Wesfarmers to raise $2.5 billion for Coles debt. As expected Wesfarmers has announced a fully underwritten rights issue to raise just over $2.5 billion as the centrepiece of refinancing the $4 billion in short term debt for its Coles takeover. The one for eight issue at $29 a share was revealed this morning as the company asked the ASX for the halt on trading its shares to be extended to next Monday (28 April) to allow the institutional sale to be completed. The company has already raised $700 million in a bond issue in the US at an interest rate of around 11%; it says it has $800 million in bank finance; and in addition to the $4 billion refinancing, it has secured a new three year working capital facility of $1 billion. The huge issue will mean that by the end of May over $8 billion in cash will drain from the market to pay for the WES issue and for the final payment on the T3 Telstra issue. — Glenn Dyer
Takeover bid expect for Macarthur Coal. Queensland coal miner, Macarthur Coal, which exports pulverised coal to the steel mills of Japan, South Korea and increasingly into China, may face a $3.4 billion takeover after founder and former chief executive Ken Talbot sold his 24% stake for around $13 a share. Talbot is facing corruption charges in Queensland over an alleged $300,000 loan to former government minister, Gordon Nuttall. Macarthur shares jumped as much as 17.4% to a record $15.55 this morning, before settling back to be up around 14% at 11am. If the buyer was a single group, they will have to reveal themselves as the buyer to avoid breaching disclosure laws. — Glenn Dyer
The beauty of being a hedge fund manager. While many rightfully point out the obscene salaries earned by executives, hedge fund managers take obscenity to a whole new level. Hedge fund manager, John Paulson, earned $3.7 billion last year. He can thank the idiotic investors who shove money into hedge funds seeking that elusive “alpha”. Paulson wisely bet that property prices would fall. Of course, hedge funds can lose money pretty easily as well. The beauty of being a hedge fund manager is that you profit from the rises, but don’t lose on the falls (in fact, hedge fund managers usually receive 2 percent base fees regardless of fund performance). Forbes reported earlier this month that that one hedge fund manager claimed “this year is going to be really ugly … one day you are off 2 percent and, before you blink, you are down 20 percent. This year is just unpredictable and crazy.” Forbes noted that the manager did not want to be identified because his investors do not know yet about his double-digit losses. –– Adam Schwab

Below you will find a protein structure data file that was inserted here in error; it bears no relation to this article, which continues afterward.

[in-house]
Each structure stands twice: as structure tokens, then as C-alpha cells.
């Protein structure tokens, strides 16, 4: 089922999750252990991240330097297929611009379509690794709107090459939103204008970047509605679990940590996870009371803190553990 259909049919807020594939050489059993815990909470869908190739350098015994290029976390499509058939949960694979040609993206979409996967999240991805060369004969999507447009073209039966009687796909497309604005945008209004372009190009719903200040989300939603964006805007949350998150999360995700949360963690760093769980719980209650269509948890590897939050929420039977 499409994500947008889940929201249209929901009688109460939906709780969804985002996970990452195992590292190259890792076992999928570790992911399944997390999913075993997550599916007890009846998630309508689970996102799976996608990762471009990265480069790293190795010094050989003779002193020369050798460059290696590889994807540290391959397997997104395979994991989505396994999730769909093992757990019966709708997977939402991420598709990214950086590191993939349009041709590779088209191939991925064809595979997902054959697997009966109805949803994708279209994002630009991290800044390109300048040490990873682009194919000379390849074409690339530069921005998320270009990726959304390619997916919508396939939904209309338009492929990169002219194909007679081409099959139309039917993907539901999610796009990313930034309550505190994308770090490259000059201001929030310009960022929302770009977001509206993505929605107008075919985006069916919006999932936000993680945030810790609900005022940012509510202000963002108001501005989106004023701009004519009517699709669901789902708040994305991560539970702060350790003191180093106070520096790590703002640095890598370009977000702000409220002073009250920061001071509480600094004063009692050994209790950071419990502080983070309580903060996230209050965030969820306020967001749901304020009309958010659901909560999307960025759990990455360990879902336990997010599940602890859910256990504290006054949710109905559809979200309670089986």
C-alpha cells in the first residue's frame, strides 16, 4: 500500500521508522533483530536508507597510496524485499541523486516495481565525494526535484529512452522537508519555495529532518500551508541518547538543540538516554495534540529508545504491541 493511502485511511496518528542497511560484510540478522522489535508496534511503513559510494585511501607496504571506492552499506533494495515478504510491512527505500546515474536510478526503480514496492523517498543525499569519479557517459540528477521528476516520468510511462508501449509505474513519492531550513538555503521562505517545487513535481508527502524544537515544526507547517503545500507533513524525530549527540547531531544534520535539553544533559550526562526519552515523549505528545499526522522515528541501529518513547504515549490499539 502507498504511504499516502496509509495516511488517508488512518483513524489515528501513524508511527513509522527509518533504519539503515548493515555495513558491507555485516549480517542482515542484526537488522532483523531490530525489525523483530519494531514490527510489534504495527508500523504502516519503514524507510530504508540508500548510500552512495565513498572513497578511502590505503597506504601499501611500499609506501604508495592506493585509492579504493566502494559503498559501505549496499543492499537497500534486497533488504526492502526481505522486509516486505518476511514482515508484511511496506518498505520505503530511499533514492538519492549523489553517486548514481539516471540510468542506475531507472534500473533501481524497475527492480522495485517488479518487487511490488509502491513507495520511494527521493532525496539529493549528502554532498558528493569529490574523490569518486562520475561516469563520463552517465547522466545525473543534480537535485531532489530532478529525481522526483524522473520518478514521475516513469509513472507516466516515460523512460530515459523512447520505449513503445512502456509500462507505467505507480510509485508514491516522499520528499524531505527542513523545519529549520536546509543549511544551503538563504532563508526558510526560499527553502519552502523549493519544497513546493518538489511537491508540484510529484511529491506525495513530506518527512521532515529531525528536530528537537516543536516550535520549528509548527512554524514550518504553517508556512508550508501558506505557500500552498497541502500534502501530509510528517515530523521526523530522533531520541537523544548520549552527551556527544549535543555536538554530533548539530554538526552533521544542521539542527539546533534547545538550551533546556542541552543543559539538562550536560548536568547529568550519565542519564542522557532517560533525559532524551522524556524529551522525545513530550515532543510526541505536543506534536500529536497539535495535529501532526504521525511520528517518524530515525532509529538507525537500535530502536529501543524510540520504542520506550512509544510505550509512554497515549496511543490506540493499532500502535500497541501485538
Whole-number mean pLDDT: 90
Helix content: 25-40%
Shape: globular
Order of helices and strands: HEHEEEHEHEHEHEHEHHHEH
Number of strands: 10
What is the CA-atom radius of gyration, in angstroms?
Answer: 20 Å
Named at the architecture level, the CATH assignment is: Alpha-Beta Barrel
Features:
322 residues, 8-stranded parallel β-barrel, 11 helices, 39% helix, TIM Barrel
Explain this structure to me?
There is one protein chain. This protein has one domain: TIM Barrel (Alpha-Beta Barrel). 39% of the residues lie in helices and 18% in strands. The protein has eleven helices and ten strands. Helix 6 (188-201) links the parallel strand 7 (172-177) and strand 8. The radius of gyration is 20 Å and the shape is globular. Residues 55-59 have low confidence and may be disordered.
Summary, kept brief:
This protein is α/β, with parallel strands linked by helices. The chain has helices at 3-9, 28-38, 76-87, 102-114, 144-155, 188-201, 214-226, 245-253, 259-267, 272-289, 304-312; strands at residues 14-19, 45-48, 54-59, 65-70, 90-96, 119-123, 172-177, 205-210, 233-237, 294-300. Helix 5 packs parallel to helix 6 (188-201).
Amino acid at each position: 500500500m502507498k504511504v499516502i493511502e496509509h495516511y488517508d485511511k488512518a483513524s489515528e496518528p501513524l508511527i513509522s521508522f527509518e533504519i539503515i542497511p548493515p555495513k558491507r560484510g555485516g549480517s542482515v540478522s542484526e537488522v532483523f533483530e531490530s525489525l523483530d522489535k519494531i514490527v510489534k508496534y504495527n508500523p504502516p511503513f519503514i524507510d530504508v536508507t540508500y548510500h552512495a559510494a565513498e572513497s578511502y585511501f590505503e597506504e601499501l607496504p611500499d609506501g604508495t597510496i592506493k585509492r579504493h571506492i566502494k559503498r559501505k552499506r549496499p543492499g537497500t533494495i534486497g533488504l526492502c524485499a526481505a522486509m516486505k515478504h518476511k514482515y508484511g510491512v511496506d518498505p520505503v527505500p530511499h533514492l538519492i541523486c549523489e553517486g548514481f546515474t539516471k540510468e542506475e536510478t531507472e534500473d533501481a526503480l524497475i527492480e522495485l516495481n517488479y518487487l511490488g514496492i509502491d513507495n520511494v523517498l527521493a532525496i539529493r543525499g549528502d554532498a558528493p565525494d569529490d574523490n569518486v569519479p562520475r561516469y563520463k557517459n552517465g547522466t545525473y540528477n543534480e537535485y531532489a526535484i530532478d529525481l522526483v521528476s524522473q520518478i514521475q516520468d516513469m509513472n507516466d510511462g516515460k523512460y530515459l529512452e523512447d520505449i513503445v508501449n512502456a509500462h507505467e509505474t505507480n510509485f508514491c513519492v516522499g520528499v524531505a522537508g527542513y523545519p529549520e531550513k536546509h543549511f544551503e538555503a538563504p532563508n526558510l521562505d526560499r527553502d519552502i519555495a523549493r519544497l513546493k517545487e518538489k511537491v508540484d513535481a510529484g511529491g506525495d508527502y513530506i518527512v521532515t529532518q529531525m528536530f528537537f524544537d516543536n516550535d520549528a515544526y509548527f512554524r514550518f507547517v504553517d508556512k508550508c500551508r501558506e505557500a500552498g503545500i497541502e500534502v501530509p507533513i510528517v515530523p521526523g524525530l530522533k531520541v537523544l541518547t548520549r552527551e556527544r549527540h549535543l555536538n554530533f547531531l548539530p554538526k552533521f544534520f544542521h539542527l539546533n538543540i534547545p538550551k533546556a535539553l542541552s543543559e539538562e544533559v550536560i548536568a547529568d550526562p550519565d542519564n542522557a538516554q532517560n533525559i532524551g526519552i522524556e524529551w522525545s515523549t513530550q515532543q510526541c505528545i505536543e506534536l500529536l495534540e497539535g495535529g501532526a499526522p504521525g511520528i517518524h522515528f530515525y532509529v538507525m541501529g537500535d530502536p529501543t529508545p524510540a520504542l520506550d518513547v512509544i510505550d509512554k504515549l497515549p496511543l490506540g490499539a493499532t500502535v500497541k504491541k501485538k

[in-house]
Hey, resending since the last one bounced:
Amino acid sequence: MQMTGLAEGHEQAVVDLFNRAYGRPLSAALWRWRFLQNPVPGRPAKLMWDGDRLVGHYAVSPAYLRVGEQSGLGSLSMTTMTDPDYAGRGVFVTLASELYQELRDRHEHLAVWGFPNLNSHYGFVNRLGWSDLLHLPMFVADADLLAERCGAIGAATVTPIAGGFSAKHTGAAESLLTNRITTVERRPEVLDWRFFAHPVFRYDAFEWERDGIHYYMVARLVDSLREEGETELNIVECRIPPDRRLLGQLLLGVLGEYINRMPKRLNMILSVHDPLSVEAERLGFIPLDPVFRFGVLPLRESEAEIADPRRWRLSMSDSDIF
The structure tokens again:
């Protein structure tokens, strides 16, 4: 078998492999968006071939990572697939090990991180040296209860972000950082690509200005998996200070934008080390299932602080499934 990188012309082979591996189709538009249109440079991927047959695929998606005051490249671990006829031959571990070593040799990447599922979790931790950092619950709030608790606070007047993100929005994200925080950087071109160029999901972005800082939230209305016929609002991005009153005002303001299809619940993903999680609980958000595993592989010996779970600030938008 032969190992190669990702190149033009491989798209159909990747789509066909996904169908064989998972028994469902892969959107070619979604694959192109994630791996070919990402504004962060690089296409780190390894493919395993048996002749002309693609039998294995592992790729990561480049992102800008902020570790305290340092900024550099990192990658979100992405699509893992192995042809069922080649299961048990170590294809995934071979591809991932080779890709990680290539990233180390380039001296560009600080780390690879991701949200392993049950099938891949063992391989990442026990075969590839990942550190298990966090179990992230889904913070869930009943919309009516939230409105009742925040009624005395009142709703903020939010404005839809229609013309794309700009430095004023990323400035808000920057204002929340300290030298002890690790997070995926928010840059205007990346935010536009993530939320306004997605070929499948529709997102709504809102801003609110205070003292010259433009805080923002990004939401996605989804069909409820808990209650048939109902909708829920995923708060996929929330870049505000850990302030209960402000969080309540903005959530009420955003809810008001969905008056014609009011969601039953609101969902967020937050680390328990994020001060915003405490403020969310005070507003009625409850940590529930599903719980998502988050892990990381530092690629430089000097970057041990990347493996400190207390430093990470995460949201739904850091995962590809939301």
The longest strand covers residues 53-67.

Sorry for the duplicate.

Austock boss shouldn’t throw stones. The Smage’s Marc Moncrief and Vanessa Burrow produced a front page spread on Saturday, questioning who investors can trust, following the Opes Prime, Tricom and Lift debacles. The authors noted Austock boss, Tim Boyle, who claimed that the margin lending fiasco has “made us look like a joke in international financial markets … where we had a reputation of being quite a straightforward and well-regulated market, the polish has come off quite a bit.” It is ironic for Boyle to make such comments given Austock’s recent performance. The small investment bank floated last year at $1.80, hit $2.20 but has since plummeted to only 95 cents. Austock’s largest client, ABC Learning Centres, has scurried from its “company transforming” US investment while Austock’s managed funds (whose investments include ABC leased properties) has been dumped from $1.88 to only 94 cents. Another Austock managed fund, API Fund (whose investments include AEU), is trading at only 85 cents – down from $2.10 a year ago. –– Adam Schwab
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Chris Murphy wants his fruit back. While the learned Justice Ray Finkelstein prepares to hear the case involving Opes Prime, ANZ and who exactly had beneficial ownership of the shares, it is interesting to note the views of Opes’ largest client, Sydney lawyer, Chris Murphy. Murphy told Crikey last week that he believed the complex Securities Lending and Borrowing Agreement conferred only the legal, rather than the beneficial title to Opes Prime or ANZ. Murphy’s opinion was based upon the fact that Opes clients could instruct ANZ Nominees how to vote their stock at AGMs and accounted for dividends – all indicia of beneficial ownership remaining with the client. To use a legal analogy, it was widely believed that Opes owned the “tree” (being the legal interest), while the client retained the “fruit” (the beneficial interest). So it appears ANZ will be arguing before the Federal Court that Opes clients were well aware of their rights with regards to their shares (and were never the victim of any misrepresentation of course by the bank or Opes), all the while, one of Australia’s leading solicitors and largest private share traders believed he retained beneficial ownership of the shares. –– Adam Schwab